Puppetry troupes from across China staged a performance in Beijing in 1955, and in the audience was the Czech artist Zdenek Sklenar, who passed away in 1986. He was enthralled by the show that centered around the Monkey King, the powerful protagonist from the 17th-century Chinese classic Journey to the West.
In the novel written by Wu Cheng'en, the Monkey King and his fellow disciples protect their master, Buddhist monk Xuanzang, on a hazardous undertaking to obtain sacred sutras.
Decades since its publication, the mythological book, as well as its theater and folk adaptations, have accumulated a huge following.
That April, after the puppet show, Sklenar had also watched a Peking Opera performance of the story. He drew several sketches as he enjoyed the show.
Months later, Sklenar returned to Prague where he taught at the Academy of Arts, Architecture and Design. He developed the sketches he had made in China into a complete album, with 24 colorful and 80 ink illustrations, in 1961. At the time, Chinese people knew little about Sklenar's interpretation of Journey to the West.
Now, 14 pieces from this Monkey King series are on display at an ongoing exhibition at Prince Kung's Palace in Beijing. The exhibition is dedicated to Sklenar's drawings and lithographs from the 1930s to the '80s, and the exhibits are from the collection of the Zdenek Sklenar Gallery in Prague.
Sklenar's art made its China debut in 2009, when a retrospective exhibition was held at the National Art Museum of China, where the Monkey King illustrations were also shown. They were also part of the Czech national pavilion during the 2010 Shanghai Expo.
The Chinese audience, which is familiar with the figures and scenarios of Journey to the West, has found Sklenar's graffiti-style presentation of the story appealing.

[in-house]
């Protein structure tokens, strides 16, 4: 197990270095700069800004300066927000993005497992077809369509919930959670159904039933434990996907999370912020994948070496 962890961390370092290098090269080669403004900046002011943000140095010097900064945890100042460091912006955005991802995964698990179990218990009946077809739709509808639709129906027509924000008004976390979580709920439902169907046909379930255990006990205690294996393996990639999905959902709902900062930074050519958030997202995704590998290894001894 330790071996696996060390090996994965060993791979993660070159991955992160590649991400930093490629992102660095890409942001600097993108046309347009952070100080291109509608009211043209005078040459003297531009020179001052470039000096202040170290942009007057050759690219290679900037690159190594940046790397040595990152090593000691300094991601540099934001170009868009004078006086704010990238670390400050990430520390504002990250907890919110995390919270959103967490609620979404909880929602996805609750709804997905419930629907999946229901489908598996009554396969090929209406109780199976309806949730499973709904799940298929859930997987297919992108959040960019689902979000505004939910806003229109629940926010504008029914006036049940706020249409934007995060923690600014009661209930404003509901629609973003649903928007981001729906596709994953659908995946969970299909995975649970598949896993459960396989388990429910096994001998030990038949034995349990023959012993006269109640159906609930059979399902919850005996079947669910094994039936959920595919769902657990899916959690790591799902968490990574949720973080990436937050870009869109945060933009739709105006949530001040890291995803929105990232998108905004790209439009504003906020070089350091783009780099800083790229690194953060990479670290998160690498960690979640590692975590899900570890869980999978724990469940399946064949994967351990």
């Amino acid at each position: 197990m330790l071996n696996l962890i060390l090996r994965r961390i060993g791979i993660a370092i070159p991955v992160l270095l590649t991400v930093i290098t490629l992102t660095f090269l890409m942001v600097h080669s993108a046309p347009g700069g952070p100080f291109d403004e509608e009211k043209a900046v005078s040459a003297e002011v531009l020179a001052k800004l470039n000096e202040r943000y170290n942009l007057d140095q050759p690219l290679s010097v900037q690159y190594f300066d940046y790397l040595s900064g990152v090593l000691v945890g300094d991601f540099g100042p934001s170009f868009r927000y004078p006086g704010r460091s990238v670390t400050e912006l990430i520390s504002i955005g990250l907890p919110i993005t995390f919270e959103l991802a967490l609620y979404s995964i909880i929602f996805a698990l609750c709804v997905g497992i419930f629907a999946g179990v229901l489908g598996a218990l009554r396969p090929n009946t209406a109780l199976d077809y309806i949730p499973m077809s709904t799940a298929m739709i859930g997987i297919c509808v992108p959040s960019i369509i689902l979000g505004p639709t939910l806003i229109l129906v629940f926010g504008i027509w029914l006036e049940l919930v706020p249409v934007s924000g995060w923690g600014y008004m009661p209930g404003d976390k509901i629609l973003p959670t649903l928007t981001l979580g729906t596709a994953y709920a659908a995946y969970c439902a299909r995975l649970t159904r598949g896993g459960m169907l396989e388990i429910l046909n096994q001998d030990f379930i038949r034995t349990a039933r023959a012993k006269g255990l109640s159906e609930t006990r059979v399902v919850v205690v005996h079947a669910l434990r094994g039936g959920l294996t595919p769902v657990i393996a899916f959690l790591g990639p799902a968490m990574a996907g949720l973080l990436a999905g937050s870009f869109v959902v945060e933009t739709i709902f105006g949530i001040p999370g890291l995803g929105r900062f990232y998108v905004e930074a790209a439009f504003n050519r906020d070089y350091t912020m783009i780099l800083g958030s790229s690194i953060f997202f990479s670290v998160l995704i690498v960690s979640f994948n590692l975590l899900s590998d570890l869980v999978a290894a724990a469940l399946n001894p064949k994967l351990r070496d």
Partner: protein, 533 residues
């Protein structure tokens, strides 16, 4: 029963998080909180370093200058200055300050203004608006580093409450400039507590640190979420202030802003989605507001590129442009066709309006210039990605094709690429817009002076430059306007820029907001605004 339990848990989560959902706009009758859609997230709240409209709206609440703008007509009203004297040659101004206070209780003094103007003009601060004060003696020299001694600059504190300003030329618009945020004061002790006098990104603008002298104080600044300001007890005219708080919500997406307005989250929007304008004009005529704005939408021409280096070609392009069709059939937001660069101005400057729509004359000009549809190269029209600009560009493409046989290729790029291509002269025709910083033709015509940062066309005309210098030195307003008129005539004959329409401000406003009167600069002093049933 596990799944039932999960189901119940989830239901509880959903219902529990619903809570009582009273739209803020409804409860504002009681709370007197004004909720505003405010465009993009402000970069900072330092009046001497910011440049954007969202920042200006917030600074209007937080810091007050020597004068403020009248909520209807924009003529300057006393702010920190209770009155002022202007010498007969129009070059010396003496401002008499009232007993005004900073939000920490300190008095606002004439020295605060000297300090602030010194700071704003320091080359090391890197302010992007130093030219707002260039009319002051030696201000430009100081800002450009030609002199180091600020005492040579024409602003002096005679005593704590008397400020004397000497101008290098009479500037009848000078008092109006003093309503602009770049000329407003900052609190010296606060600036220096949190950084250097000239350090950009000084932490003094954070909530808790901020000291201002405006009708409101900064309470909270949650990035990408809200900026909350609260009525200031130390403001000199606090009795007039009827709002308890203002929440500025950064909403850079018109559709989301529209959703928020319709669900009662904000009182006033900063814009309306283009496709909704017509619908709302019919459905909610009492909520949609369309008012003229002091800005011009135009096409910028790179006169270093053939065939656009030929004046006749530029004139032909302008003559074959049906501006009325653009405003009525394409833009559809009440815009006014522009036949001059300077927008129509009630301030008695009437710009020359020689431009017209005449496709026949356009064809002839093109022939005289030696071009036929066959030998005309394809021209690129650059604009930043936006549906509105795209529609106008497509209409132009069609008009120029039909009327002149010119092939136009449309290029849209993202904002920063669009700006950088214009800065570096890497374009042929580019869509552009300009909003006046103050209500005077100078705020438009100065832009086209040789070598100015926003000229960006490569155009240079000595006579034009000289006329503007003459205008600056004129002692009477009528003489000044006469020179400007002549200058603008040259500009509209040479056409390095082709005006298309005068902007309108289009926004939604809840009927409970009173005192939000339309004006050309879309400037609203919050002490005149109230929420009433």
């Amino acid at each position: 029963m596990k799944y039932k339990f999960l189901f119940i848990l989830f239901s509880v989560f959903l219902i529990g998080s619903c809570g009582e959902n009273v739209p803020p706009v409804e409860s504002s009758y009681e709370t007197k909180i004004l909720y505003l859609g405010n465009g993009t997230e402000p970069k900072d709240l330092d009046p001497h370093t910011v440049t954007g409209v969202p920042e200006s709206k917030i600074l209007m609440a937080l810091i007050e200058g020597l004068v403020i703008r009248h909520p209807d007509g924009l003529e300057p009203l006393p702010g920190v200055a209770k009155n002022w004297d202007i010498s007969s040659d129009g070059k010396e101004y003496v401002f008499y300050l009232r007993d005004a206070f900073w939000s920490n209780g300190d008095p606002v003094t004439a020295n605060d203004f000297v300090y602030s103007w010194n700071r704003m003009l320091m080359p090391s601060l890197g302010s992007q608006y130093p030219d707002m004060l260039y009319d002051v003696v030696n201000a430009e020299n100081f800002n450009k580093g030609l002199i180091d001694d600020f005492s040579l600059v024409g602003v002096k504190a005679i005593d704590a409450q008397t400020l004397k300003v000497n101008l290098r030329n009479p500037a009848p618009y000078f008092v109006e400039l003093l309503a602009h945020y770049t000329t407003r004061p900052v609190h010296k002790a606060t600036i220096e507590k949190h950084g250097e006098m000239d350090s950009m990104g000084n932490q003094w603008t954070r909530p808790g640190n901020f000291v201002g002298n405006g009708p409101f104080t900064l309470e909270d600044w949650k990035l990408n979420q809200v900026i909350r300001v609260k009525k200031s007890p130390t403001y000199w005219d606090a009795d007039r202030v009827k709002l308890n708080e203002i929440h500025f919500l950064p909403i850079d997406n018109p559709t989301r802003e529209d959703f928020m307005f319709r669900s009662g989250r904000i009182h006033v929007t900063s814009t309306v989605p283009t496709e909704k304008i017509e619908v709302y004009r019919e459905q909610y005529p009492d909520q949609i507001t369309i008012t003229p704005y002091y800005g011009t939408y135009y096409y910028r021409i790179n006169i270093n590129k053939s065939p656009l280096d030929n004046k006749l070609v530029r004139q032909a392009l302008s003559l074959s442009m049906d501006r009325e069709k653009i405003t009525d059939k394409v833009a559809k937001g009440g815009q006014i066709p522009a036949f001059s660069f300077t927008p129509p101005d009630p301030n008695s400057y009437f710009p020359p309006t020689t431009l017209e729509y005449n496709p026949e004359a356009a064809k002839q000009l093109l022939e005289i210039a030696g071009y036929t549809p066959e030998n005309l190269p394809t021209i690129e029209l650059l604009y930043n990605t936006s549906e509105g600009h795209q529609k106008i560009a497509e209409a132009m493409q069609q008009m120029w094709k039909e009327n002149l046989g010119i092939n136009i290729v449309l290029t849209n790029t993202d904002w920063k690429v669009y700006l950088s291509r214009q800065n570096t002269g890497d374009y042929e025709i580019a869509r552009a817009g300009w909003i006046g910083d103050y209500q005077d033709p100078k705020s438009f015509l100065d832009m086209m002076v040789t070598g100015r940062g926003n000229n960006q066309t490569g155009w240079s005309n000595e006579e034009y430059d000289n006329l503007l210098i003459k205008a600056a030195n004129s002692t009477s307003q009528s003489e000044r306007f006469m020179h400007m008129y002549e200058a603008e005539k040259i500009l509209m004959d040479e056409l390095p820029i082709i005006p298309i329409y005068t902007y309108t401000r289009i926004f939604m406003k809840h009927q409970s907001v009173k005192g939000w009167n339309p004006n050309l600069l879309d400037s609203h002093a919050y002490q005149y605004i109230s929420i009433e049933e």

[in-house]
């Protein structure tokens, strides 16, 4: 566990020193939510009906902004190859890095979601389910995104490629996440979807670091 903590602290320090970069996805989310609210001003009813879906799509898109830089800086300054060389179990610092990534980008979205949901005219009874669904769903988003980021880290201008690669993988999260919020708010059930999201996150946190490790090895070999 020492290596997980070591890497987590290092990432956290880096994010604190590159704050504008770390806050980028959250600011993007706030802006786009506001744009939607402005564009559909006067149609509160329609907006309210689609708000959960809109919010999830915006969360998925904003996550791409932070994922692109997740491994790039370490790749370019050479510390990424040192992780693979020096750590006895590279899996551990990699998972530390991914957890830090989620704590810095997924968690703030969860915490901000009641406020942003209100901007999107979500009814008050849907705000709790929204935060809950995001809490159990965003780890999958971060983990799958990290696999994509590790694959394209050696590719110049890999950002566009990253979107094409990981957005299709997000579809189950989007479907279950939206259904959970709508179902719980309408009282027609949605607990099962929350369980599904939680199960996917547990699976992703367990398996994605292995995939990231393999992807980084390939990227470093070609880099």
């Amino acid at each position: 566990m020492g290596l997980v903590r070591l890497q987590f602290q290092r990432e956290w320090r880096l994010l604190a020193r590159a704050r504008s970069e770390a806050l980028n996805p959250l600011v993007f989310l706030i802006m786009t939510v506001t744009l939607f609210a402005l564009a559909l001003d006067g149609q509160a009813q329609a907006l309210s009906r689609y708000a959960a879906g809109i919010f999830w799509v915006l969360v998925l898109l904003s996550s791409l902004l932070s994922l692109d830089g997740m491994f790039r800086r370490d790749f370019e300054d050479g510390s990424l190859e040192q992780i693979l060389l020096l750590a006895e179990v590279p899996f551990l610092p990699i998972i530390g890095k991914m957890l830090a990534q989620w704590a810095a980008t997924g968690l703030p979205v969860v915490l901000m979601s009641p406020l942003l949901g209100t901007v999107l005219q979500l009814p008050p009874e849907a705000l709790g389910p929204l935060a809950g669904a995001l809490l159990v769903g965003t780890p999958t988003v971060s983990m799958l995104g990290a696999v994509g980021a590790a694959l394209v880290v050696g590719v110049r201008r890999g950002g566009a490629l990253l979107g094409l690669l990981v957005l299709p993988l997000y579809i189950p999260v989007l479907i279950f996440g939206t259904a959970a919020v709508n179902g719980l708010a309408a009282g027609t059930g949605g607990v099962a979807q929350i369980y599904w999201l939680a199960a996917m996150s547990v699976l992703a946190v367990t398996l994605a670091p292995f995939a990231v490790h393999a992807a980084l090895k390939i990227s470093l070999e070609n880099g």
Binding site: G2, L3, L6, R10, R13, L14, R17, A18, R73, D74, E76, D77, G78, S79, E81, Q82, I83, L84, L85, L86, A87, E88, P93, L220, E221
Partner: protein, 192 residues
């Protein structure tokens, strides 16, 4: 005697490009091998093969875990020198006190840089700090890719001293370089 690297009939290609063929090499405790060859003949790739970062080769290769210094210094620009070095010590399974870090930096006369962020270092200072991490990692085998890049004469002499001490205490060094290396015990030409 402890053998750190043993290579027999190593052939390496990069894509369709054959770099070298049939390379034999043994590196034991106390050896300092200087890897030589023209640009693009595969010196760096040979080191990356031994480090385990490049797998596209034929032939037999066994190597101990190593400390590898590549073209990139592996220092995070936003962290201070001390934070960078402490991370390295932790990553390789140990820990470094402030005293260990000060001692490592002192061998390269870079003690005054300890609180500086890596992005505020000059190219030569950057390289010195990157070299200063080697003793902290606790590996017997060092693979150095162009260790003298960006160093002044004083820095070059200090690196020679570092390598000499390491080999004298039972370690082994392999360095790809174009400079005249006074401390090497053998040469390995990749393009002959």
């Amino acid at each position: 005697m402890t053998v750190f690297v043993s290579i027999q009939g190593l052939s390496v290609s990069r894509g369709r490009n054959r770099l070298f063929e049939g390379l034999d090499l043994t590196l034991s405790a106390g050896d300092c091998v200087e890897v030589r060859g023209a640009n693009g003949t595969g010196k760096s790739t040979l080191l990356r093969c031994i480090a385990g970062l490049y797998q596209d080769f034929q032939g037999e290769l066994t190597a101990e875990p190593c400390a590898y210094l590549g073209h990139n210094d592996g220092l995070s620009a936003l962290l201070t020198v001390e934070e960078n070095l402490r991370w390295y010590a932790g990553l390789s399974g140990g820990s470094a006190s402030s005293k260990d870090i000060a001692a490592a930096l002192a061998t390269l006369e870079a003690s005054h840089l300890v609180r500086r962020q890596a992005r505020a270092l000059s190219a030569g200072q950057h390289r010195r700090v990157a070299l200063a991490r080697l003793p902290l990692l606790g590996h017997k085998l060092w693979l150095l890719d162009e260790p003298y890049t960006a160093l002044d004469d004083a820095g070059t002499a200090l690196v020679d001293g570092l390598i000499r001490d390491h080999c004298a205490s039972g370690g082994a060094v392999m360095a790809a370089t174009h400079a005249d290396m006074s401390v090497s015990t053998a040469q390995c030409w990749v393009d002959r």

Fan Di'an, who heads the Central Academy of Fine Arts, says the late artist's production embodies "a strong modern touch" by incorporating his impressions of Chinese culture with European visual traditions in a "smart and innovative" way. Fan had curated Sklenar's debut China exhibition.
One of the Monkey King's magical powers, as described in the novel, is his ability to transform into 72 creatures and objects.
Sklenar's series has been hailed in China as the "73rd transformation of the Monkey King".
But the Monkey King was not the only gain for Sklenar during his three-month stay in China in 1955.
As a member of a visiting delegation from former Czechoslovakia, Sklenar participated in an expo showing the achievements of socialist society in Beijing and Shanghai. He also seized the opportunity to explore the country's artistic and cultural heritage, something he had wanted to do even as a student.
In his memoir, Sklenar wrote that his professor, Karel Sourek, had ignited his interest in Chinese culture and suggested that he buy two books on Chinese art history, which cost him the bulk of his monthly living expenses back then. And while the books hit Sklenar's wallet, he wrote, they gave him much pleasure throughout his life.